Mug Exchange – A Black Sheep Tradition

Black Sheep has the tradition of caring for the environment. One small thing we can all do is to bring a mug to the guild meeting and avoid using a disposable cup. For many years in the past, members exchanged mugs and created mug carriers. Some people got very creative and matched the design with the given mug. To give you ideas here are some pictures.





Show and Tell, June 2020

John:   Loom and scarf

I found this 12-shaft countermarch loom a couple of months ago on Craigslist and only just recently cleared out enough space to set it up. I just need more texsolv cord for the tie-up. Eventually I will expand it to 16 shafts and maybe make a DIY electronic dobby.

I’m taking Tien’s stash scarf online class.

The threading is similar to the broken twill threading in Carol Strickler’s book “8-Shaft Patterns” but not quite like anything in her book. It started out as a four-shaft broken twill, but spread out to eight shafts. I’m using the tie-up from Tien’s class. So the pattern is a mashup.

The weft is Crystal Palace Mini Mochi and the warp is various fingering weight wool yarns.



Kitty:  Water bottle holder exchange with Sandra Rude

Sandra’s bottle holder is a double weave, padded for the shoulder, and has beautiful attention to detail.

Kitty’s bottle holder is Andean backstrap weaving with plain weave and a traditional motif in pebble weave.



Ann: 3 day online indigo workshop with Aboubakar Fofana


He had us work on creating 7 shades of blue from our vats.




Then taught us how to create even colors on large pieces.





Barbara S:    Hex plaited Globe – 14 x 14 x 14″,  dyed Sedori cane.

I hung it on the wall and like the view to the base. I am not sure just where this one will go next, but the shape is nice as it is.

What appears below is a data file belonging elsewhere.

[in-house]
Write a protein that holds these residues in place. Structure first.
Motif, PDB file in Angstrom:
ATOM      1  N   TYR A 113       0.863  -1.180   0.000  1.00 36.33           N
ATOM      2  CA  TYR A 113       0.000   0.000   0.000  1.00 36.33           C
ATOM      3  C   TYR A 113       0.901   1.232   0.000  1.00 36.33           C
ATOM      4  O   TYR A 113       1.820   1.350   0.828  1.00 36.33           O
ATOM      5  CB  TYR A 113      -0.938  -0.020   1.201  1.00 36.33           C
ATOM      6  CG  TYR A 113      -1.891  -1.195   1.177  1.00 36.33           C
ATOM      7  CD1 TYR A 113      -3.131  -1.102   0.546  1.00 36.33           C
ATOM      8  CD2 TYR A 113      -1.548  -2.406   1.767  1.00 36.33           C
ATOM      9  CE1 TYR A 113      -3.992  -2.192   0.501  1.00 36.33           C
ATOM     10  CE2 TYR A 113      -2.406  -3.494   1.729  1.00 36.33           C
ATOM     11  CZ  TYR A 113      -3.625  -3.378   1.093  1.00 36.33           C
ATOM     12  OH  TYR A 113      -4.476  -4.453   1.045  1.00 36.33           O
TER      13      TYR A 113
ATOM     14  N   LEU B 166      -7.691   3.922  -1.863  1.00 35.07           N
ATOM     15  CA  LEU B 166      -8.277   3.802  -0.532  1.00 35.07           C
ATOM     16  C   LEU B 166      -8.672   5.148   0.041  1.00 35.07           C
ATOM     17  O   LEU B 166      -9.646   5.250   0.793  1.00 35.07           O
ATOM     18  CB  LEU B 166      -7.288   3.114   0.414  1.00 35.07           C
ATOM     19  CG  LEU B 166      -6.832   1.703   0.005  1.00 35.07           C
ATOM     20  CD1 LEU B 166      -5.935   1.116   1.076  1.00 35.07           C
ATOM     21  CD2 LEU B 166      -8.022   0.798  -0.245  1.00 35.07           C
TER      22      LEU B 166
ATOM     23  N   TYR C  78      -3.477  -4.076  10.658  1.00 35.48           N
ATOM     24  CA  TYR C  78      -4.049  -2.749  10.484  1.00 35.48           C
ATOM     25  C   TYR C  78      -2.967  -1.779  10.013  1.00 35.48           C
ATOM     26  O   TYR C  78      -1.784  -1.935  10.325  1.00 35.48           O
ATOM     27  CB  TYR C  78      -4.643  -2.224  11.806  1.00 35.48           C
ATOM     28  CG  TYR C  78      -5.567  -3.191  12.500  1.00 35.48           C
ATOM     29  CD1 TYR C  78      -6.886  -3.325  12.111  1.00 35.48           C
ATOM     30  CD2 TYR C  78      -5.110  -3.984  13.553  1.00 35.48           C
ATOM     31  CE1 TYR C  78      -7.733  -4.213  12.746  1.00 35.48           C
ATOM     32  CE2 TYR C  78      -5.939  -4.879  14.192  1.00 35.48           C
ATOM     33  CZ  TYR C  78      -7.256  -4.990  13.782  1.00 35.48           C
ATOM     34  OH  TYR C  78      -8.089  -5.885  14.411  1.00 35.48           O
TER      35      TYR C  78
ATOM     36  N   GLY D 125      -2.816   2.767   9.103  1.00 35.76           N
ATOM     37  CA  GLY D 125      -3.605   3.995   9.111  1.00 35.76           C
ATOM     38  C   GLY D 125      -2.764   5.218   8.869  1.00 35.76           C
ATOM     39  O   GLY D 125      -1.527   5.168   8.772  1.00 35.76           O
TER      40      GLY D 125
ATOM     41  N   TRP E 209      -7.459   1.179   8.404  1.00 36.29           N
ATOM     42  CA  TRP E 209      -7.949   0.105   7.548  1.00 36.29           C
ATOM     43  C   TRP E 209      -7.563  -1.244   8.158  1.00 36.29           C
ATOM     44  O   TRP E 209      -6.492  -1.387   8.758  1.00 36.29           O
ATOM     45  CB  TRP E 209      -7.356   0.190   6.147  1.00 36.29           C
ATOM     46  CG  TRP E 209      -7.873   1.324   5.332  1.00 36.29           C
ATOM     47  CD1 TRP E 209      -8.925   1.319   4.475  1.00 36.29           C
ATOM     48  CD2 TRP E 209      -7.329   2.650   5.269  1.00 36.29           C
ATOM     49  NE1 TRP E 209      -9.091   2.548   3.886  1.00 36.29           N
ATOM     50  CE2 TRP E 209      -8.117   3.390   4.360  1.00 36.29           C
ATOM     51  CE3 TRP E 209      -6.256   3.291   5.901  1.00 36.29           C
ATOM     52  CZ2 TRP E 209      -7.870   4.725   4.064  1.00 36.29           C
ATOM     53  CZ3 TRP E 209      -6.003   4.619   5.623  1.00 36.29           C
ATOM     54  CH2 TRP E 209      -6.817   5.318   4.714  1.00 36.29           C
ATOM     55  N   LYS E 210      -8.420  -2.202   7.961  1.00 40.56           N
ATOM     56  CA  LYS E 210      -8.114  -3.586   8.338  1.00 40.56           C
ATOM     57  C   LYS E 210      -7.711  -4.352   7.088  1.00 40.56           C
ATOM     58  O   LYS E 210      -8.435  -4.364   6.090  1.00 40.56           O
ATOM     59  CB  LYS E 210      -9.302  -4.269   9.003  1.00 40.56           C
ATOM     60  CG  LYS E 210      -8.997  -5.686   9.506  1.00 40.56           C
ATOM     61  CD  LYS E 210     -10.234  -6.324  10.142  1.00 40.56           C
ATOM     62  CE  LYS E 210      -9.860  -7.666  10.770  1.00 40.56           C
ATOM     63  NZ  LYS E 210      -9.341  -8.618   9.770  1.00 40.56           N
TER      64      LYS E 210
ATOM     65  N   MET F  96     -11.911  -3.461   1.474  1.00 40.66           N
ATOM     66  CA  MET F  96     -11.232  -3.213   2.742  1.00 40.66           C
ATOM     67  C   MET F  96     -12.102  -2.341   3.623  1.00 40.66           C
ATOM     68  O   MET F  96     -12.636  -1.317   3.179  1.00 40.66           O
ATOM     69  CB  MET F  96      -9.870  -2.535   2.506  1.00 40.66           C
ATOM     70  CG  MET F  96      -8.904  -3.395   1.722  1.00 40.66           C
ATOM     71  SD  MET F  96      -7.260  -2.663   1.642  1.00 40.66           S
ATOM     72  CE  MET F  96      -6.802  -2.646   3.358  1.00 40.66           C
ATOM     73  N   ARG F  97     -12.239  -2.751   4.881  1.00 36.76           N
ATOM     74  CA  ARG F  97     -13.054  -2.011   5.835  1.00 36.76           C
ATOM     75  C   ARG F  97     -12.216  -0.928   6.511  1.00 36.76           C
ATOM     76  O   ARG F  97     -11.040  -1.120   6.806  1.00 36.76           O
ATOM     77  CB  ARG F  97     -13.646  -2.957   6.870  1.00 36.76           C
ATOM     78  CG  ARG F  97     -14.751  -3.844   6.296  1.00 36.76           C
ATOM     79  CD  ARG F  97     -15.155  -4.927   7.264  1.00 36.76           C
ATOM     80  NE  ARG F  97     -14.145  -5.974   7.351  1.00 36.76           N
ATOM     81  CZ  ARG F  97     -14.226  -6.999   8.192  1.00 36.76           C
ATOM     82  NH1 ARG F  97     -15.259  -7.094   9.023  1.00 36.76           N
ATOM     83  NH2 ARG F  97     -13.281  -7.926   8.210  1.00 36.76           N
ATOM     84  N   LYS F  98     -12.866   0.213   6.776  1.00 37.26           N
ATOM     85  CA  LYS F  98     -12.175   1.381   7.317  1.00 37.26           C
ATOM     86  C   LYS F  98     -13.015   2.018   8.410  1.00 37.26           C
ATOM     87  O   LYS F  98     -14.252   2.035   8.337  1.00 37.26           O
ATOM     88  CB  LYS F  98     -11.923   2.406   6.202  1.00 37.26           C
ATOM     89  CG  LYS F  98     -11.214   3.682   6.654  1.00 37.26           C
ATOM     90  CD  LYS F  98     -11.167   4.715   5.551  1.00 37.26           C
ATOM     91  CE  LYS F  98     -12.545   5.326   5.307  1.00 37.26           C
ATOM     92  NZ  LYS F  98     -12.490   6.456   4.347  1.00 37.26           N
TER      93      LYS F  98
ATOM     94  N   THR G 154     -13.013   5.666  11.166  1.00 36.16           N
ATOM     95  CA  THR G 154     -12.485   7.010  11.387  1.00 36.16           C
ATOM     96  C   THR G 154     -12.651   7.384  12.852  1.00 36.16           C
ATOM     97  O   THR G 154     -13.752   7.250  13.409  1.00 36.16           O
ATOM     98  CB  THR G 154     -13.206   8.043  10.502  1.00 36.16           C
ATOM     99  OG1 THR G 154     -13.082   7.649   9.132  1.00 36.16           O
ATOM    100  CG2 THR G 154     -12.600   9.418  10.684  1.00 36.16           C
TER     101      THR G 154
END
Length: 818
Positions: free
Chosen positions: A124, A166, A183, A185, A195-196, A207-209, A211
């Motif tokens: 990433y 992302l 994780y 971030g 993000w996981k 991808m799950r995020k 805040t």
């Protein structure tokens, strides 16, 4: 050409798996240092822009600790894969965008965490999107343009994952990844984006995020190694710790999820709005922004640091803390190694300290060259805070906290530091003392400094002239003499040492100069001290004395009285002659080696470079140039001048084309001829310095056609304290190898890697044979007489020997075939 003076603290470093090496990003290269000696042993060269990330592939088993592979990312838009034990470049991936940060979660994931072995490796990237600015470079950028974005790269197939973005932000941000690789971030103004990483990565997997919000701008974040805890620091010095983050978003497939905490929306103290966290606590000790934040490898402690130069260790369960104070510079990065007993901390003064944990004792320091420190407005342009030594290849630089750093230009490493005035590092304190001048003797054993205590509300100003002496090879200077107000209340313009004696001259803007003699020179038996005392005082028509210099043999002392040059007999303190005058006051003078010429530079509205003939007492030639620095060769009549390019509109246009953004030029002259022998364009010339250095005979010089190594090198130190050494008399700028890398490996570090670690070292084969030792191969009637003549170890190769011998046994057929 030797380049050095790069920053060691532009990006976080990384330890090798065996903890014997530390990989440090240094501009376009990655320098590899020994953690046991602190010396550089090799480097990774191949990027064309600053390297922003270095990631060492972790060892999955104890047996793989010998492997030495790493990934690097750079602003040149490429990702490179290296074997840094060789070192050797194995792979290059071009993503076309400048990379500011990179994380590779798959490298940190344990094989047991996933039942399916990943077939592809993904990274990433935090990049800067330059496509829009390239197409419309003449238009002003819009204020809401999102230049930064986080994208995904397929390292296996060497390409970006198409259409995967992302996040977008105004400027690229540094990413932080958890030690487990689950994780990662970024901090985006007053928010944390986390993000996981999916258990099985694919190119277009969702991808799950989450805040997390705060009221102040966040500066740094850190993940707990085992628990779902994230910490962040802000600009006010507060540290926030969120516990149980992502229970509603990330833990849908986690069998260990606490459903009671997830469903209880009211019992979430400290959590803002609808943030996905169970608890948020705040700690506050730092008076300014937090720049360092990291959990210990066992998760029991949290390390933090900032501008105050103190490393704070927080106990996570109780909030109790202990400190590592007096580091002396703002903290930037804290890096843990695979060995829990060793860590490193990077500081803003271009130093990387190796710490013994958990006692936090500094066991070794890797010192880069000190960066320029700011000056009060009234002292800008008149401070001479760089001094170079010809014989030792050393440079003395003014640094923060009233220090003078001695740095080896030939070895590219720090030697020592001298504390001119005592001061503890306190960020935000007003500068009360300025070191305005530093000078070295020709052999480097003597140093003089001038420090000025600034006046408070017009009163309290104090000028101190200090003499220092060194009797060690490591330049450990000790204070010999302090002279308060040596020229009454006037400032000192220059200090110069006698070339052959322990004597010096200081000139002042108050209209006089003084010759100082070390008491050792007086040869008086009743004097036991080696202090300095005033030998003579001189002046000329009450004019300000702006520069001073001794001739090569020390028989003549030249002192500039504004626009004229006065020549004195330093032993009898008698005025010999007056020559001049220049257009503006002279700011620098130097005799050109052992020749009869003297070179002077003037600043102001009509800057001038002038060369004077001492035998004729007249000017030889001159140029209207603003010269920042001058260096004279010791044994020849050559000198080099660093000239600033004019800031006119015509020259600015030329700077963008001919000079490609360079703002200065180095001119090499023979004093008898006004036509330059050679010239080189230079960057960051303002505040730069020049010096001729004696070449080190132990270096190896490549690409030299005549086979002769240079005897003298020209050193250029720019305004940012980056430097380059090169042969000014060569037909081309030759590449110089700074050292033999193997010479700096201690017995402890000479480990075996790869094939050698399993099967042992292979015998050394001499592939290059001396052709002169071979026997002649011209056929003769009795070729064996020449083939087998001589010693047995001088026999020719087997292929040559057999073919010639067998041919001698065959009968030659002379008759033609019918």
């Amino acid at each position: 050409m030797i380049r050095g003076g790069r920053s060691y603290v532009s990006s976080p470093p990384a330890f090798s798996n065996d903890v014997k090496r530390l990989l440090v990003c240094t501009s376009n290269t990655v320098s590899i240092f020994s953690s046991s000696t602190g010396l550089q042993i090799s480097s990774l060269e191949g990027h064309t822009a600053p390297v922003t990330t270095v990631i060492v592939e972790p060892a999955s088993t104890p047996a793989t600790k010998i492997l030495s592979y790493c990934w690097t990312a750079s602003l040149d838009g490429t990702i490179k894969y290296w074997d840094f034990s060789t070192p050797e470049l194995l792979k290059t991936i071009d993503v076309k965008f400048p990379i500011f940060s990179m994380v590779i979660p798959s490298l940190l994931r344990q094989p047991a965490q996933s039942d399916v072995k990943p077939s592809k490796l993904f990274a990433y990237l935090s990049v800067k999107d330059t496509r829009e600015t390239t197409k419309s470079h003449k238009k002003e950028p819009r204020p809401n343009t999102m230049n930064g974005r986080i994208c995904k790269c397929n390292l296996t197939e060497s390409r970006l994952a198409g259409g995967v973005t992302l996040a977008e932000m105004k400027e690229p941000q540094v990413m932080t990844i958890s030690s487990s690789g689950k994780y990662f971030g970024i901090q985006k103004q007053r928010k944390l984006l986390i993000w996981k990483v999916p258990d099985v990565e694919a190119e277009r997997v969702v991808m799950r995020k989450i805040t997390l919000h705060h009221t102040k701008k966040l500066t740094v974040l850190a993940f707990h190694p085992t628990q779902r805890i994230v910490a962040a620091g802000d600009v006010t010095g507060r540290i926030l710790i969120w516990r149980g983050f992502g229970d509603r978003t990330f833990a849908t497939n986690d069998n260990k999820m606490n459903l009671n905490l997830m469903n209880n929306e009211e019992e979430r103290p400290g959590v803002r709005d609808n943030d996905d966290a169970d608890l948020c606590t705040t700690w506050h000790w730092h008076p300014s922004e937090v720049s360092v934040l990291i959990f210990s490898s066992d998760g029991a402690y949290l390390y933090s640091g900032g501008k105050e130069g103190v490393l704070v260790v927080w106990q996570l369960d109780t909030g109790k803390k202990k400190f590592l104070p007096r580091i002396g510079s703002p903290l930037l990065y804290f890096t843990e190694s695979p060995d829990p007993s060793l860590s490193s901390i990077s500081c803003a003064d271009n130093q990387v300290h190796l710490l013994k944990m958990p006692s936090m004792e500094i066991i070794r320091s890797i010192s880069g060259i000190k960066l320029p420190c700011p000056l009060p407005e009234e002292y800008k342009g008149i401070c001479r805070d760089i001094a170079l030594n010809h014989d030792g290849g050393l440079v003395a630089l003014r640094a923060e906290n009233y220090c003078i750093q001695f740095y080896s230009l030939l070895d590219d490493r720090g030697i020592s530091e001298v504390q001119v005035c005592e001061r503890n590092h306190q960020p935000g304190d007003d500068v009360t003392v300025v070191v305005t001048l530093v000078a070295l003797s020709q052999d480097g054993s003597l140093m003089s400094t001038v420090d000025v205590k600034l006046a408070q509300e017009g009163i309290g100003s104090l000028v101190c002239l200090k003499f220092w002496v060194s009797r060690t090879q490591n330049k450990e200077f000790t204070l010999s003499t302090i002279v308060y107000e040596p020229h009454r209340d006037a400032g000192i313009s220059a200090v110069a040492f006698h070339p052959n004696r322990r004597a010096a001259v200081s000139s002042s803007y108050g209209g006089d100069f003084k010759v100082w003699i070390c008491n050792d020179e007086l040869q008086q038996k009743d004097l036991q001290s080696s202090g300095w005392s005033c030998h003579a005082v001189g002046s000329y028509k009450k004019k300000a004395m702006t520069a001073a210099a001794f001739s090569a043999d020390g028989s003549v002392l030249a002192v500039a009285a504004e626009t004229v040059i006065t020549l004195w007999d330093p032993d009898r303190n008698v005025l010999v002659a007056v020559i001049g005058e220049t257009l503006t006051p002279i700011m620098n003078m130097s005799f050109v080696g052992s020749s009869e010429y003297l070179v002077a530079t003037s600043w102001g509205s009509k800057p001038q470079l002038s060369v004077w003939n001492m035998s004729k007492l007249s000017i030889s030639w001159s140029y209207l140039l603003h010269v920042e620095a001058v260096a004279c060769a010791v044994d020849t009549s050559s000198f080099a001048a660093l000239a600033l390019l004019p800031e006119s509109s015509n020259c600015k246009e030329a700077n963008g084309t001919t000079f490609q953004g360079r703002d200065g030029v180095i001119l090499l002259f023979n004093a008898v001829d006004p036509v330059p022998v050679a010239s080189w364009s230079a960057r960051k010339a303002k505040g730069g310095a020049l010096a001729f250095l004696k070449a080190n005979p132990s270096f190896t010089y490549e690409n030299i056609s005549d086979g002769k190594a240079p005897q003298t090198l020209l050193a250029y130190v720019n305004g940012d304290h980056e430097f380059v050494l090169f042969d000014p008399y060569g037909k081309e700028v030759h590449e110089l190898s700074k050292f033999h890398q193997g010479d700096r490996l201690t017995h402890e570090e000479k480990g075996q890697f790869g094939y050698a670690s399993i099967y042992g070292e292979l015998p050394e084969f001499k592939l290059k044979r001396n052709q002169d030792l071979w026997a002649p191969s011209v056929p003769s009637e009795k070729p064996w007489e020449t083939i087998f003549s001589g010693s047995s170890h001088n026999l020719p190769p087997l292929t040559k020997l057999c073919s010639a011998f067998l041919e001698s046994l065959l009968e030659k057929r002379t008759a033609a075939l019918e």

Barbara O:    I bought the Glimakra when I knew nothing about weaving – it was a good deal! It is wonderful to weave on once it is set up! But the counterbalance is much easier than countermarche to tie up. Glad I tried it!

On the loom is a shawl-warp in 8/2 cotton and weft is Zephyr – 50% Merino, 50% silk.

This piece is all 8/2 cotton – dish towels

Cathy D:  Felted Flower Bowl

My process was to wet felt the basic bowl and pink rim. I added the green leaves by needle felting them onto the outside along with touching up the pink rim. The flowers were cut from a felted fabric I made and then attached by needling them to the outside. Beads were added to each flower for interest.
It was a fun project. I really like adding beads to felted items. It’s given me many more ideas!



Cookie: 9 Squares for Bojo Bag,  a Tapestry, Back Strap Loom, a Pouch and a Scarf



June 18, 2020 – Karen Donde – Designing Handwoven Fabric You Can Wear.


Karen Donde weaves garments, fashion accessories and home textiles for sale and teaches beginning-advanced weaving classes and assorted workshops for guilds and conferences. Teaching credits include HGA’s Convergence 2012, 2014 and 2016 and 2020, Southeast Fiber Forum, the Mid-Atlantic Fiber Association’s Workshop Weekend, Midwest Weavers Conference, Intermountain Weavers Guild Conference and Florida Tropical Weavers Conference. In Asheville, NC, she has taught at Sutherland Handweaving Studio, Friends & Fiberworks, Local Cloth and her own studio.


Photos are used with the kind permission of the copyright holder, Karen Donde.

Take a look at Karen’s website:


May 21, 2020 – Sally Fox


Sienna colored specimen

Long-time Fibershed source of inspiration, color-grown-in cotton developer and
biodynamic grower since 1982, and shepherd and farmer Sally Fox is our speaker for May, 2020. Sally will be presenting to us about her farming life, developing strains of colored cotton over the past four decades.

Check out her website at